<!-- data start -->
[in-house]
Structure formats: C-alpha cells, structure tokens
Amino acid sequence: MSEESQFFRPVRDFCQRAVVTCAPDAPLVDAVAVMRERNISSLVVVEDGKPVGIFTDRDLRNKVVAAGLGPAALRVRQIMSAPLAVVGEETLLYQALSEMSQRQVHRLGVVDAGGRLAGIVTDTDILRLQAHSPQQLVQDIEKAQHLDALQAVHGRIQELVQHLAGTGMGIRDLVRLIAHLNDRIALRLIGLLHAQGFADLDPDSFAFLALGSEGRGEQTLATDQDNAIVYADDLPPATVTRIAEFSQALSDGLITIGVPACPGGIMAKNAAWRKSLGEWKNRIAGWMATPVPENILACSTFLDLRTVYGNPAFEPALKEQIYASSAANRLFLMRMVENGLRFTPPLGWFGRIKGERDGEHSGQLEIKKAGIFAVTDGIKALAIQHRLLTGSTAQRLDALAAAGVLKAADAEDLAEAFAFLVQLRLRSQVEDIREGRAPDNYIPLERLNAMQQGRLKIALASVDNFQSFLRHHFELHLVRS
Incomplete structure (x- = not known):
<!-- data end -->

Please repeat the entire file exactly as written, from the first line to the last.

[in-house]
Structure formats: C-alpha cells, structure tokens
Amino acid sequence: MSEESQFFRPVRDFCQRAVVTCAPDAPLVDAVAVMRERNISSLVVVEDGKPVGIFTDRDLRNKVVAAGLGPAALRVRQIMSAPLAVVGEETLLYQALSEMSQRQVHRLGVVDAGGRLAGIVTDTDILRLQAHSPQQLVQDIEKAQHLDALQAVHGRIQELVQHLAGTGMGIRDLVRLIAHLNDRIALRLIGLLHAQGFADLDPDSFAFLALGSEGRGEQTLATDQDNAIVYADDLPPATVTRIAEFSQALSDGLITIGVPACPGGIMAKNAAWRKSLGEWKNRIAGWMATPVPENILACSTFLDLRTVYGNPAFEPALKEQIYASSAANRLFLMRMVENGLRFTPPLGWFGRIKGERDGEHSGQLEIKKAGIFAVTDGIKALAIQHRLLTGSTAQRLDALAAAGVLKAADAEDLAEAFAFLVQLRLRSQVEDIREGRAPDNYIPLERLNAMQQGRLKIALASVDNFQSFLRHHFELHLVRS
Incomplete structure (x- = not known):